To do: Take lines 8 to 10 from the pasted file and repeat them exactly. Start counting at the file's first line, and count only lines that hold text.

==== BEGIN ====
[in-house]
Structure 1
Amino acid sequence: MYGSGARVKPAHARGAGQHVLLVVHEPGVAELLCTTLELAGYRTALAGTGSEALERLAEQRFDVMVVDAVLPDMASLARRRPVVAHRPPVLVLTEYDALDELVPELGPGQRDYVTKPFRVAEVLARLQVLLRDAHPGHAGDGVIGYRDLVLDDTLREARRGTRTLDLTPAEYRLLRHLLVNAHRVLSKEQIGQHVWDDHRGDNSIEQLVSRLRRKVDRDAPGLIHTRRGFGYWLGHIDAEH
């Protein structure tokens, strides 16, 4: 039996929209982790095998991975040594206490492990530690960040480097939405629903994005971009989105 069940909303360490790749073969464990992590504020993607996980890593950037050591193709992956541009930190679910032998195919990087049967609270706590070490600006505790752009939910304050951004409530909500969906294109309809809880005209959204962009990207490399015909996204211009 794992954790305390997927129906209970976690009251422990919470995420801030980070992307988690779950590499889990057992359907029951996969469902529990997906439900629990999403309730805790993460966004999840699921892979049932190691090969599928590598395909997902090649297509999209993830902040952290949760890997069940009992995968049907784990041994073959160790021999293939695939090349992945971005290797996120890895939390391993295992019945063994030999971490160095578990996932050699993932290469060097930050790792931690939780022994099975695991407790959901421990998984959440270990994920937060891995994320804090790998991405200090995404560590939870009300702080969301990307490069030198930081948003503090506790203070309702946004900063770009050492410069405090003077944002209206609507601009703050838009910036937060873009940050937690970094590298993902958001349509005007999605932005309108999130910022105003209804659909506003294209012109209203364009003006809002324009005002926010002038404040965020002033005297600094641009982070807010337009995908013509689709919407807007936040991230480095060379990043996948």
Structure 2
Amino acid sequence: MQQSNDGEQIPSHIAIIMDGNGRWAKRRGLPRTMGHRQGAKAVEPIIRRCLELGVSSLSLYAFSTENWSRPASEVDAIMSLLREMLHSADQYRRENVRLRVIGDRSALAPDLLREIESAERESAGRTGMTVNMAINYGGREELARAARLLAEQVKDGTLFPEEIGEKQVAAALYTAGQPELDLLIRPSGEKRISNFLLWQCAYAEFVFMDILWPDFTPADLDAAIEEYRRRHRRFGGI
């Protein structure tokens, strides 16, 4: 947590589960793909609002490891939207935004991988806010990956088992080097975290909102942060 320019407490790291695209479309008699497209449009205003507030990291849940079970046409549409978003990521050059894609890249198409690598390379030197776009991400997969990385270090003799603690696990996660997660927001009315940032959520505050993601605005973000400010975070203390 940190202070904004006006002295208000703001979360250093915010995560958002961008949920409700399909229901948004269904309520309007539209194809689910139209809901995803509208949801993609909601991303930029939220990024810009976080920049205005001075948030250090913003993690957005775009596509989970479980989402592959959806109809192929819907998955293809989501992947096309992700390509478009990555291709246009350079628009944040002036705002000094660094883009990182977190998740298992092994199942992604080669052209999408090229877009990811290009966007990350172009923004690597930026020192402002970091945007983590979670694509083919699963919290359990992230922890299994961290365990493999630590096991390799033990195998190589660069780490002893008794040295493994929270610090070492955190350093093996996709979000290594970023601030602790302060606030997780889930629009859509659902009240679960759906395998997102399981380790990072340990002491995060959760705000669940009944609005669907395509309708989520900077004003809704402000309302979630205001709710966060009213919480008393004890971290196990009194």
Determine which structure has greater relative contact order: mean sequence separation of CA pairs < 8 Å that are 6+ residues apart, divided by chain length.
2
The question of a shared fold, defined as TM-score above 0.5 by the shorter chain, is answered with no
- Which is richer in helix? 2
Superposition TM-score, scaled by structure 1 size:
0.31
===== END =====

Determine which structure has greater relative contact order: mean sequence separation of CA pairs < 8 Å that are 6+ residues apart, divided by chain length.
2
The question of a shared fold, defined as TM-score above 0.5 by the shorter chain, is answered with no